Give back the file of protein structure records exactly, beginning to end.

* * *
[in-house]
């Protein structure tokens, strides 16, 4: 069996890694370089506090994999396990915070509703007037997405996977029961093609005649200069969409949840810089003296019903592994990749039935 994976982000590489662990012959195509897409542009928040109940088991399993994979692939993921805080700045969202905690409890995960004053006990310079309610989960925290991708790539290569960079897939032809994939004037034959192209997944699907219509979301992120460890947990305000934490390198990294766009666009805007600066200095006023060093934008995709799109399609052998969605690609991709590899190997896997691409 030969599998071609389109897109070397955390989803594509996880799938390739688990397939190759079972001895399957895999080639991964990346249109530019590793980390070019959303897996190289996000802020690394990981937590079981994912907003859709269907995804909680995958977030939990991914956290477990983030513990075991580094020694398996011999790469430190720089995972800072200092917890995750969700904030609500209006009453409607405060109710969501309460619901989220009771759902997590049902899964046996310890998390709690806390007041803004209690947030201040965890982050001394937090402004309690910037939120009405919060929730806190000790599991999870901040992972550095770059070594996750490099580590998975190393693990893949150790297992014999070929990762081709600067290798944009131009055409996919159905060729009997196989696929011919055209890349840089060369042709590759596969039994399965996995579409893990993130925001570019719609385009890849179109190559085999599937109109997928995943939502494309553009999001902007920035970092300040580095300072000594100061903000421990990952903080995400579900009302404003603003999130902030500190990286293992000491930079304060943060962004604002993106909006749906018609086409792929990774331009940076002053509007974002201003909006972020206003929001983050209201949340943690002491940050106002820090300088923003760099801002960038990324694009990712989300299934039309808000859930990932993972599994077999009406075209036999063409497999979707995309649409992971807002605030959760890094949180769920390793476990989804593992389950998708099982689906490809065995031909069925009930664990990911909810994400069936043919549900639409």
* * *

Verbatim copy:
[in-house]
């Protein structure tokens, strides 16, 4: 069996890694370089506090994999396990915070509703007037997405996977029961093609005649200069969409949840810089003296019903592994990749039935 994976982000590489662990012959195509897409542009928040109940088991399993994979692939993921805080700045969202905690409890995960004053006990310079309610989960925290991708790539290569960079897939032809994939004037034959192209997944699907219509979301992120460890947990305000934490390198990294766009666009805007600066200095006023060093934008995709799109399609052998969605690609991709590899190997896997691409 030969599998071609389109897109070397955390989803594509996880799938390739688990397939190759079972001895399957895999080639991964990346249109530019590793980390070019959303897996190289996000802020690394990981937590079981994912907003859709269907995804909680995958977030939990991914956290477990983030513990075991580094020694398996011999790469430190720089995972800072200092917890995750969700904030609500209006009453409607405060109710969501309460619901989220009771759902997590049902899964046996310890998390709690806390007041803004209690947030201040965890982050001394937090402004309690910037939120009405919060929730806190000790599991999870901040992972550095770059070594996750490099580590998975190393693990893949150790297992014999070929990762081709600067290798944009131009055409996919159905060729009997196989696929011919055209890349840089060369042709590759596969039994399965996995579409893990993130925001570019719609385009890849179109190559085999599937109109997928995943939502494309553009999001902007920035970092300040580095300072000594100061903000421990990952903080995400579900009302404003603003999130902030500190990286293992000491930079304060943060962004604002993106909006749906018609086409792929990774331009940076002053509007974002201003909006972020206003929001983050209201949340943690002491940050106002820090300088923003760099801002960038990324694009990712989300299934039309808000859930990932993972599994077999009406075209036999063409497999979707995309649409992971807002605030959760890094949180769920390793476990989804593992389950998708099982689906490809065995031909069925009930664990990911909810994400069936043919549900639409």